Cheyenne Sia Desoto, Las Vegas

I moved from Los Angeles to Las Vegas at the tail end of 2012. I ended up partnering up with a Disney Gallery and their ventures in the progressive rebuilding of downtown Las Vegas. My gallery, “Loveless Collective” (AKA: Loveless in Las Vegas), was in a metal shipping unit out in the Container Park off of Fremont Street. I worked 7 days a week, and at the end of each day I’d drive back to my lonely little apartment out in Henderson only to repeat the cycle over and over again.

I didn’t have many friends,,… actually.. I only really hung out with one person when I lived there. I worked so much that I never got to really go out and meet people. I mean… it wasn’t Las Vegas’s fault… it was mine. In order to REALLY understand this city, you have to make the effort… and well.. I wasn’t used to that.

I ended up moving to Chicago around the end of 2013. I remember my last day there, which was around 4 in the morning. I drove through the neon strip one last time to say my goodbye. My memory faded of Las Vegas much like it did in my rear view mirror as I drove in the soft darkness of the desert and out towards the sunrise in the mountains.

Now in the beginning of living in Chicago, I gave Las Vegas a bad rep, and I think thats because I was bitter about how it all ended. Slowly, but surely I came back to do Disney guest spots at the various new locations that “Magical Memories Gallery” would in inhabit, and EACH time I went, much like the darkest sparkle to the biggest light… my love for the city grew and grew.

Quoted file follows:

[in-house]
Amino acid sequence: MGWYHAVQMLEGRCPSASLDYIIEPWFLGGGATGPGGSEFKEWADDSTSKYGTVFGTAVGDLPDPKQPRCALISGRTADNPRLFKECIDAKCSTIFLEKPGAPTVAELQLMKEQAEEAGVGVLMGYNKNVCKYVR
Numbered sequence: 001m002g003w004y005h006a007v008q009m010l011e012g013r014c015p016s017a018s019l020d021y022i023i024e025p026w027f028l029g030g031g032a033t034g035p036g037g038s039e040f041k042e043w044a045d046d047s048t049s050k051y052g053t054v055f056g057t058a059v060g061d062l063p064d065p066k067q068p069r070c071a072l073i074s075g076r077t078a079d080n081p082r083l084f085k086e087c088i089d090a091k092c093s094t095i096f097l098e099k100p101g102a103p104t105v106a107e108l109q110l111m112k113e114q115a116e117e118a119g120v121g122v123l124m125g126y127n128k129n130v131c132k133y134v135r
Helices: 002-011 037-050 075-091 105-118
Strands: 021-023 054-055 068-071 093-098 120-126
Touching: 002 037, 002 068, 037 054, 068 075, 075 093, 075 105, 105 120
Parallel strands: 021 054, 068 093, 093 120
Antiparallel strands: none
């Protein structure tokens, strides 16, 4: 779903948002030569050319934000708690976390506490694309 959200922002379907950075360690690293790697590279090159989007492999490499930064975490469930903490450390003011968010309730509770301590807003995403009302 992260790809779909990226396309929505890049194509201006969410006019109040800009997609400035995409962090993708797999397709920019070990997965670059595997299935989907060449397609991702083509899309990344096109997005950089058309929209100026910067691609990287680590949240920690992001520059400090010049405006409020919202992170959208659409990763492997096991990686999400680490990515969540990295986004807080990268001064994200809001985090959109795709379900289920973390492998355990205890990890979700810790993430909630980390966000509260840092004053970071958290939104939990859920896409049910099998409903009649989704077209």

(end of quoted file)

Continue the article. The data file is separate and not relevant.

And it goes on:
I fell in love with a city post breakup which is such a strange way to love something.

Three years later at the end of 2016 I ended up on my 10th trip back out there.. to which I was JUST starting the Drag Landscapes series. Initially just focusing on Athens, GA and Chicago, IL… I decided to expand the project across the globe.. and used whatever time I had traveling to locate queens and interview them. While out there I networked via friends online and was suggested that I talk to a queen named “Cheyenne”. I ended up watching her perform later on in the week and was completely enamored. We scheduled an interview and the next day she showed up to talk with me out in my room at the Cosmopolitan.

This is her story:

Cheyenne Desoto grew up in Cheyenne, Wyoming (which is how she acquired her first name). She was raised in a mixed liberal/conservative family, which was an interesting concoction of both love and ‘different’ times. Flamboyant, artistic, and known as ‘the happiest goth on earth’, Cheyenne stuck out like a rainbow thumb amongst her peers, but ultimately she found solace, camaraderie, and safety with all the girls in her youth.

Emerging from school, navigating through life was a different road for her because of where she lived. When we were talking about where she was in relation to drag, Cheyenne said, “At first I always thought of drag as kind of…well… I really didn’t like it, because growing up in Wyoming and not really having a gay scene to be around, all I knew was MASC 4 MASC and NO FEMS. All I wanted was to be fabulous, flamboyant.. and I just kind of grew up with this identity that it wasn’t ok to be me”.

Things for her changed when she witnessed drag in Colorado (via her partner), and was blown away from the performances that she witnessed there. “I was enamored with drag queens when I first saw them.. I thought to myself ‘Oh my God they are so BEAUTIFUL! I want to be them! I want to do that!”